Stop Picking Winners and Losers

Barry Noffsinger said, “Alexis de Toqueville wrote in his book Democracy in America,”

“In a democracy, the people get the government they deserve.”

Congressman Stephen Fincher (R-TN8), author of HR 1779, said in an interview with MHProNews that “The government has an incredibly poor track record of picking winners and losers, and it needs to stop doing it. Instead, we need for Congress and the Administration to get out of the way and allow businesses and industries to make decisions that will allow them to thrive and create more jobs.”

Fincher, himself a small businessman and a farmer stated, “I stepped up because this is a common sense issue. The government’s overreach and bad regulations here are hurting jobs and families. Something has to be done to stop that, and H.R. 1779 is just one way we can help maintain the quality of life for Americans across the country.” ##

Related downloads, stories and an appendix include:

– Download – Letter from 11 US Senators to CFPB

Update. Download of Reply letter from CFPB Director Richard Cordray to U.S. Senators, declining changes.

– Download – Letter from 118 Congressional Representatives to CFPB

Not Your Grandfather’s Trailer House by Harold Hunt, PhD, Real Estate Center, Texas A&M.

American Bankers Urged More to Lend on Manufactured Homes, Howard Banker, Exeuctive Director, Fair Mortgage Collaborative.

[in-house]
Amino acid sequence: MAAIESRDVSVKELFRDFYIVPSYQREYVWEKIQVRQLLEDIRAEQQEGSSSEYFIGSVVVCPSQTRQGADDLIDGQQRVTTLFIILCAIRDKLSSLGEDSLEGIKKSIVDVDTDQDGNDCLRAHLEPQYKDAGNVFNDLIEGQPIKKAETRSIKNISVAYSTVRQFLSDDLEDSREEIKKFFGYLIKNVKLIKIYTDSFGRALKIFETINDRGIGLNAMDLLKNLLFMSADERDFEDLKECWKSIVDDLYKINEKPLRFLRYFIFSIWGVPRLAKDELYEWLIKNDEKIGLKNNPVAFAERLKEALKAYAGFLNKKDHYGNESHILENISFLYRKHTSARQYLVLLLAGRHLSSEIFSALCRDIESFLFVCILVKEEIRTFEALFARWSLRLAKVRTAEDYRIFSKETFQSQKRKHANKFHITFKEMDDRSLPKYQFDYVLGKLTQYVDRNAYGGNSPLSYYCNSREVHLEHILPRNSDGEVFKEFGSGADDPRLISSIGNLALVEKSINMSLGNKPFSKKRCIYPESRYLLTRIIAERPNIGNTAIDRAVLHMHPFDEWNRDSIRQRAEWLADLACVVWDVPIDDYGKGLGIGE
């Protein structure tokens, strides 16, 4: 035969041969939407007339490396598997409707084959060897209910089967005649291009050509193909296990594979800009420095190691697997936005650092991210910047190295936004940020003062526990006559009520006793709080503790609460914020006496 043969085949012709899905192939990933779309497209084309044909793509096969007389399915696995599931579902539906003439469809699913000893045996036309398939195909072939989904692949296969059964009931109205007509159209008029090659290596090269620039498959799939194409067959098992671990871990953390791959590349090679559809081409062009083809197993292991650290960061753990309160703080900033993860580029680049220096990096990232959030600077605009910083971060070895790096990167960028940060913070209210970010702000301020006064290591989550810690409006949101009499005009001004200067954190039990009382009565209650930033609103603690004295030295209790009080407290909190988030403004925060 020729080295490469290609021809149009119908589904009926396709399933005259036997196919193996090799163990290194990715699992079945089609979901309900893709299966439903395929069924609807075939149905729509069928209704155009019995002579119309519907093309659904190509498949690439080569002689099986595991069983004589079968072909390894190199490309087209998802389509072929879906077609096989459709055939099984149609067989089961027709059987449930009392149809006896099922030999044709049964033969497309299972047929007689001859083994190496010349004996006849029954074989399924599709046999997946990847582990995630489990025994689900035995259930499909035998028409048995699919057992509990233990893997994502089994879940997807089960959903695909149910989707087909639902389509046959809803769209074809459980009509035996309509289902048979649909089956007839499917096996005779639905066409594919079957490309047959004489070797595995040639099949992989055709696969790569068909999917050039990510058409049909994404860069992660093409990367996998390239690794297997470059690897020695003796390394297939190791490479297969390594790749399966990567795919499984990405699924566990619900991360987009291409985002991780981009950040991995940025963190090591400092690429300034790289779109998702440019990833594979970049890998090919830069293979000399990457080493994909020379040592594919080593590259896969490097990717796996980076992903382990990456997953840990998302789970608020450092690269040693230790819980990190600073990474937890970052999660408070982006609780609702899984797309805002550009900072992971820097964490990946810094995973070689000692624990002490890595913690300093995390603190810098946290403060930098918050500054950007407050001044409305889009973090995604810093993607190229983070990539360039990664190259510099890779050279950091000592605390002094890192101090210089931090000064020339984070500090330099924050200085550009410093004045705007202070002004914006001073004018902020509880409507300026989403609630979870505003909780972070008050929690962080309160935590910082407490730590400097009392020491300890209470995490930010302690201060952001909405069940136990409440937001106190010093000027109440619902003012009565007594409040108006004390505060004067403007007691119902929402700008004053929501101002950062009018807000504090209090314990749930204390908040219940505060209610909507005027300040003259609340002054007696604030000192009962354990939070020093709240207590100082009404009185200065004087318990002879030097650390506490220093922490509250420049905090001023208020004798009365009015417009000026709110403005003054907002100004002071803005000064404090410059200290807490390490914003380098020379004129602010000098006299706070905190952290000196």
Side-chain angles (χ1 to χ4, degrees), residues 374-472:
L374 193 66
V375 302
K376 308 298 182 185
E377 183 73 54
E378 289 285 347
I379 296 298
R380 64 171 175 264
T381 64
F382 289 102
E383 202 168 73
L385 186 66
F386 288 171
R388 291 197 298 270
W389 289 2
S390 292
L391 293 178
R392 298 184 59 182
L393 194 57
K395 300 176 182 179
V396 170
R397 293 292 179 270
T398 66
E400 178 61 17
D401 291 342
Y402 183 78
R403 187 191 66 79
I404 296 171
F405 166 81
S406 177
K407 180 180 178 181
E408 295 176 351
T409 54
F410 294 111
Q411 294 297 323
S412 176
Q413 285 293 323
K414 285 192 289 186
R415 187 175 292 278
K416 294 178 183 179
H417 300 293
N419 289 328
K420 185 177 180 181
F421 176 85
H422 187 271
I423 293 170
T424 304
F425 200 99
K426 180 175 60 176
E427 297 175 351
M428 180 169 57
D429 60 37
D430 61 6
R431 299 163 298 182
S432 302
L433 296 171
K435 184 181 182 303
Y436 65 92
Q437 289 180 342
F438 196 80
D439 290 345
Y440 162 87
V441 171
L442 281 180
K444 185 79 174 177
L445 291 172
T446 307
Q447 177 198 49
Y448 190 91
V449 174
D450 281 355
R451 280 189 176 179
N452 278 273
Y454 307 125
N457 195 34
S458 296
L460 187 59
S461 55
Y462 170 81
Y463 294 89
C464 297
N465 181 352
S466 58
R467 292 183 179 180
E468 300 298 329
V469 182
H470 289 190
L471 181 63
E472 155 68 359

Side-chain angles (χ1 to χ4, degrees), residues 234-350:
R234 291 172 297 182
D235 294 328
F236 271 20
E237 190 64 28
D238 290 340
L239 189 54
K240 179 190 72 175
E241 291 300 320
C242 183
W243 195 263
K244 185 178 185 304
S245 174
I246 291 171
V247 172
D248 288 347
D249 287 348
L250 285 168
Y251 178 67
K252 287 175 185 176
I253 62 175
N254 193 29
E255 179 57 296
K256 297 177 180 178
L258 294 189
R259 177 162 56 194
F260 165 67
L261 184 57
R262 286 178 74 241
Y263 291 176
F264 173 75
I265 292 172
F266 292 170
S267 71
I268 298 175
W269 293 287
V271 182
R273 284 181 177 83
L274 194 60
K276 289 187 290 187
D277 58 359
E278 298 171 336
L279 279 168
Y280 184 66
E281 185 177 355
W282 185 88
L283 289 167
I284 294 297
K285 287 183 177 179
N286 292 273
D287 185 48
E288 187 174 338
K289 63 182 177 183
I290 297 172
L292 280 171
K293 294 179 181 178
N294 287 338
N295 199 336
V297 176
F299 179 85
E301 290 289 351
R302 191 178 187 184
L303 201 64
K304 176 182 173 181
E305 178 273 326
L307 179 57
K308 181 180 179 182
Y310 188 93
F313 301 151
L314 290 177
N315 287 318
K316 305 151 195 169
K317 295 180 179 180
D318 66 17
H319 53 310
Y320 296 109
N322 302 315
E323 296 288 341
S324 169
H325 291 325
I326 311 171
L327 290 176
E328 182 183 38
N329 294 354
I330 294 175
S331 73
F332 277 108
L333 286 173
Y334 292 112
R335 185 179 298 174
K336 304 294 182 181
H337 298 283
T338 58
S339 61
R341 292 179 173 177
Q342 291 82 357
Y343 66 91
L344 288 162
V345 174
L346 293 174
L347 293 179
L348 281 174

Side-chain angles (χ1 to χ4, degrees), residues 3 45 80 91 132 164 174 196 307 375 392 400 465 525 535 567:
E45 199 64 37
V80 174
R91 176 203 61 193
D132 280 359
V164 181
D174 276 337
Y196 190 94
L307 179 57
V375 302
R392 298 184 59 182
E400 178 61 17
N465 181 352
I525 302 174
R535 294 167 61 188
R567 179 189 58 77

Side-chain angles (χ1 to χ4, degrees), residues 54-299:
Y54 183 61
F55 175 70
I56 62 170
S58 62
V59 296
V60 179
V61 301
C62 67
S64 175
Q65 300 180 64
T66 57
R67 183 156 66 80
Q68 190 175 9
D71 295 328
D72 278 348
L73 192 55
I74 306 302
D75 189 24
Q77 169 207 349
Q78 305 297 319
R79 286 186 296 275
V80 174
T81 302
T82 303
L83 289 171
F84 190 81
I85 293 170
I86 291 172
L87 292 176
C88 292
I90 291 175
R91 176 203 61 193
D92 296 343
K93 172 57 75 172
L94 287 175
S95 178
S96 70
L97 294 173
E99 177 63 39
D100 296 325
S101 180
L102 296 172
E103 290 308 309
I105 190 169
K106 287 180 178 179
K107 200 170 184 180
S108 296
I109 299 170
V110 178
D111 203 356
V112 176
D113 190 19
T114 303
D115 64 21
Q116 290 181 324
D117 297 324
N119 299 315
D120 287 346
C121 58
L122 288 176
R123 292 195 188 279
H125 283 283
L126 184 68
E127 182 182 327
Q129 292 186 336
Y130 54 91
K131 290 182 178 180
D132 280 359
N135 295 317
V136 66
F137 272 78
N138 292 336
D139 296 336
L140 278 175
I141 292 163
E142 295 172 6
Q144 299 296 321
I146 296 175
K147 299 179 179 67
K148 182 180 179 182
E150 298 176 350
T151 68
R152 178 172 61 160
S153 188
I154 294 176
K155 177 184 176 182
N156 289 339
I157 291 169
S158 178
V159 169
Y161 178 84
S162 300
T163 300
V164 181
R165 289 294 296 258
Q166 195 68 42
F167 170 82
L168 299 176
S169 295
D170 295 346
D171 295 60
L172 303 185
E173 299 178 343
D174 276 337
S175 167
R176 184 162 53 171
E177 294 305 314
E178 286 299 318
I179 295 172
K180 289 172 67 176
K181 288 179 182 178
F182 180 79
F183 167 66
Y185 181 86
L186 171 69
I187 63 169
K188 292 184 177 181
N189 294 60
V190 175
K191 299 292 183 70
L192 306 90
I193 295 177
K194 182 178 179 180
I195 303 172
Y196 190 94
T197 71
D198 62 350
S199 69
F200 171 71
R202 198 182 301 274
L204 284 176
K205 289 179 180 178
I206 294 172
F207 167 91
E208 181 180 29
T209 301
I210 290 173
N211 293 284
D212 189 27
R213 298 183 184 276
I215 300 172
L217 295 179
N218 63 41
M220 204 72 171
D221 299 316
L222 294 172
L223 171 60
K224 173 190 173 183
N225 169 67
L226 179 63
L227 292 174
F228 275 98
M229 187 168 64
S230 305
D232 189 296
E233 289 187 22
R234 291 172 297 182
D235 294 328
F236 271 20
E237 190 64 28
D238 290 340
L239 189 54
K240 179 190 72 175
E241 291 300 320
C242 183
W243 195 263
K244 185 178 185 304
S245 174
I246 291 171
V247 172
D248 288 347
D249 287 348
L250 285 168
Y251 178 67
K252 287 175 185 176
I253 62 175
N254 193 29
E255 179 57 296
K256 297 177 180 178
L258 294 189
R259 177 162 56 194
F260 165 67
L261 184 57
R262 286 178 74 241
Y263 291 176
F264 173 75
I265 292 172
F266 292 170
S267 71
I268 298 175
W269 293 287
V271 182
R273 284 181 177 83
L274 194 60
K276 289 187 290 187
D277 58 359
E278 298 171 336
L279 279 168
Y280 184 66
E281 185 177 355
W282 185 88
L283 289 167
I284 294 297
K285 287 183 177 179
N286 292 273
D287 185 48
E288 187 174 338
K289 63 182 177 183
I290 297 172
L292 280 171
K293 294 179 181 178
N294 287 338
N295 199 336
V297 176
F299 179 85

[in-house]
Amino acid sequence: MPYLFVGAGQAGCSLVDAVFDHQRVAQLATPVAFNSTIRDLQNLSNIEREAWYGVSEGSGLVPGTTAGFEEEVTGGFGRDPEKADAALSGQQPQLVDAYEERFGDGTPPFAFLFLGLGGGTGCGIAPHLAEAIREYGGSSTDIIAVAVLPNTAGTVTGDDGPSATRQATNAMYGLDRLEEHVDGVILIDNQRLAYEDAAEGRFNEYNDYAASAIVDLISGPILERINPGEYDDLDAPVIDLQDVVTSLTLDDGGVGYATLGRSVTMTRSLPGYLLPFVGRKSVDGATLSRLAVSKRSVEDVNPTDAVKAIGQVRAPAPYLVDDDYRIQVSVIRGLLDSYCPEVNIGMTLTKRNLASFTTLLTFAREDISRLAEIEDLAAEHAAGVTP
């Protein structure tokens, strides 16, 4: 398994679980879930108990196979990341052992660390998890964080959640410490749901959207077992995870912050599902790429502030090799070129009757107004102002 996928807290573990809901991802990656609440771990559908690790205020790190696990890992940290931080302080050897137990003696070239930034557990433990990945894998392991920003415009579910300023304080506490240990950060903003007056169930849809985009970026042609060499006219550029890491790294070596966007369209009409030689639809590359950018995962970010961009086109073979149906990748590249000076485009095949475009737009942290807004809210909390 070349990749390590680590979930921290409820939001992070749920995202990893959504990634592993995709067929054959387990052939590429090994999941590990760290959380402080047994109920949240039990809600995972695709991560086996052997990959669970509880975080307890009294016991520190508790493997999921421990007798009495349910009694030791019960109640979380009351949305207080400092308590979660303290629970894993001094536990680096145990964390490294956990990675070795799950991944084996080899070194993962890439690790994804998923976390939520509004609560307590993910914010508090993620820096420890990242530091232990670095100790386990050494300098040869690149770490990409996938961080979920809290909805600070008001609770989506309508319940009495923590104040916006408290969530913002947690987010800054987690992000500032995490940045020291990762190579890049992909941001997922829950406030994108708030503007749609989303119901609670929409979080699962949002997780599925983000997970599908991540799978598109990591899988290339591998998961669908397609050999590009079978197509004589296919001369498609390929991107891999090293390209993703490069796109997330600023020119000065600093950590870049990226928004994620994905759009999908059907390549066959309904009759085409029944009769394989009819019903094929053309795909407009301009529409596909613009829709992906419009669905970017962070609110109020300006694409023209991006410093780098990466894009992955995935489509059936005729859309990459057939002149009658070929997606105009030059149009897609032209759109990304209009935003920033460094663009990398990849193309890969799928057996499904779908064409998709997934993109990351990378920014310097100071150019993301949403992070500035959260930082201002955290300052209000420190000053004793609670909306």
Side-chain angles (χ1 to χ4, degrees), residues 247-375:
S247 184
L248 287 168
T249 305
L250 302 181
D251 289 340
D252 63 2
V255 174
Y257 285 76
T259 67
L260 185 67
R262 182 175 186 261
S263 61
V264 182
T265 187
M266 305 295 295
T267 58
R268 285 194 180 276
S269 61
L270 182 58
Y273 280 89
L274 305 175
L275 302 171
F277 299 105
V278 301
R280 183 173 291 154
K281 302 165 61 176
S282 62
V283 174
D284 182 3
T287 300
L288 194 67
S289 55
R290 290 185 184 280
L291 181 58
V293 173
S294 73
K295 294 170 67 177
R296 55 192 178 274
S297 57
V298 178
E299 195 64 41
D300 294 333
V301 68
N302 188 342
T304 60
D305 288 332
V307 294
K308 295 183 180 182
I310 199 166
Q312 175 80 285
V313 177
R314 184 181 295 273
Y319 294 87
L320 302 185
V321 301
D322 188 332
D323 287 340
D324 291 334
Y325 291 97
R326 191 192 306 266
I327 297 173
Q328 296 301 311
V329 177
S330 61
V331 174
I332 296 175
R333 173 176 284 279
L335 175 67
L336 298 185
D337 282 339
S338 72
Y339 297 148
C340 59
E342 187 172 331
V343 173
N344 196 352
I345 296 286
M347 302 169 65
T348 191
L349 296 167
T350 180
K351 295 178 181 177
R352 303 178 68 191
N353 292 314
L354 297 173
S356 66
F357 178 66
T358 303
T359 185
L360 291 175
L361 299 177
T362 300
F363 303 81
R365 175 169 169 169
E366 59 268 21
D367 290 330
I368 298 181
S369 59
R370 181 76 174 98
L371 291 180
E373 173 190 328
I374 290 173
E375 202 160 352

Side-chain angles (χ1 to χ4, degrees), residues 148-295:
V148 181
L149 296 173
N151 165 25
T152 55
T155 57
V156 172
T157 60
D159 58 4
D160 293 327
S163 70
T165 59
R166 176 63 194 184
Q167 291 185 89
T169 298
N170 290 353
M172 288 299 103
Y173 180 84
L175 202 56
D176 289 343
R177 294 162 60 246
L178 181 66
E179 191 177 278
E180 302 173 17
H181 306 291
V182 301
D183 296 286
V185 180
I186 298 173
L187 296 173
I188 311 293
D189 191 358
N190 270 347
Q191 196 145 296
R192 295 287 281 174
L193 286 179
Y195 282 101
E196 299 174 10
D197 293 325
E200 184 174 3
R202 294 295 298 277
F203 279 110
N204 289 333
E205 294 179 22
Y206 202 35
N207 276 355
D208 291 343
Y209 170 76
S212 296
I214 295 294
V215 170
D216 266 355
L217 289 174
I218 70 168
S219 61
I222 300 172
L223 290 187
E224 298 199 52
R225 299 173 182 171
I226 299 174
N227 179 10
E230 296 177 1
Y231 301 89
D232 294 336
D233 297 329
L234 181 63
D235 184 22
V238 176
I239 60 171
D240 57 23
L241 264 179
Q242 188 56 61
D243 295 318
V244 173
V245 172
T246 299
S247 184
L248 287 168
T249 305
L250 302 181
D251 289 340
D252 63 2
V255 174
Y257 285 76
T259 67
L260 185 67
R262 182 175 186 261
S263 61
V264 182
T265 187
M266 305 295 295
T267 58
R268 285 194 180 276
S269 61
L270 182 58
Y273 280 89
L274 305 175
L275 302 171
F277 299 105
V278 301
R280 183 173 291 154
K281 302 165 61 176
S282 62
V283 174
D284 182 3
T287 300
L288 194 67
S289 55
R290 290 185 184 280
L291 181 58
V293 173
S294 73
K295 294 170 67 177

Co-sponsors by State for HR 1779

As of 11.19.2013
State H.R. 1779 – 105 cosponsors H.R. 3849 (112th Congress) – 43 cosponsors
(20 Democrats / 85 Republicans (12 Democrats / 31 Republicans)
Alabama 6 out of 7 3 out of 7
Alaska 0 out of 1 0 out of 1
Arizona 8 out of 9 2 out of 8
Arkansas 2 out of 4 0 out of 4
California 1 out of 53 2 out of 53
Colorado 2 out of 7 0 out of 7
Connecticut 0 out of 5 0 out of 5
Delaware 0 out of 1 0 out of 1
Florida 2 out of 27 0 out of 25
Georgia 3 out of 14 1 out of 13
Hawaii 0 out of 2 0 out of 2
Idaho 1 out of 2 0 out of 2
Illinois 2 out of 18 2 out of 19
Indiana 4 out of 9 3 out of 9
Iowa 2 out of 4 3 out of 5
Kansas 0 out of 4 0 out of 4
Kentucky 5 out of 6 1 out of 6
Louisiana 1 out of 6 0 out of 7
Maine 1 out of 2 1 out of 2
Maryland 0 out of 8 0 out of 8
Massachusetts 0 out of 9 0 out of 10
Michigan 4 out of 14 0 out of 15
Minnesota 3 out of 8 1 out of 8
Mississippi 4 out of 4 4 out of 4
Missouri 2 out of 8 0 out of 9
Montana 1 out of 1 0 out of 1
Nebraska 1 out of 3 0 out of 3
Nevada 0 out of 4 0 out of 3
New Hampshire 0 out of 2 0 out of 2
New Jersey 1 out of 12 0 out of 13
New Mexico 1 out of 3 0 out of 3
New York 7 out of 27 0 out of 29
North Carolina 5 out of 13 3 out of 13
North Dakota 0 out of 1 0 out of 1
Ohio 5 out of 16 1 out of 18
Oklahoma 5 out of 5 5 out of 5
Oregon 1 out of 5 0 out of 5
Pennsylvania 12 out of 18 3 out of 19
Rhode Island 0 out of 2 0 out of 2
South Carolina 3 out of 7 2 out of 6
South Dakota 0 out of 1 0 out of 1
Tennessee 5 out of 9 (includes sponsor) 6 out of 9 (includes sponsor)
Texas 0 out of 36 0 out of 32
Utah 0 out of 4 0 out of 3
Vermont 0 out of 1 0 out of 1
Virginia 2 out of 11 0 out of 11
Washington 0 out of 10 0 out of 9
West Virginia 2 out of 3 1 out of 3
Wisconsin 2 out of 8 0 out of 8
Wyoming 0 out of 1 0 out of 1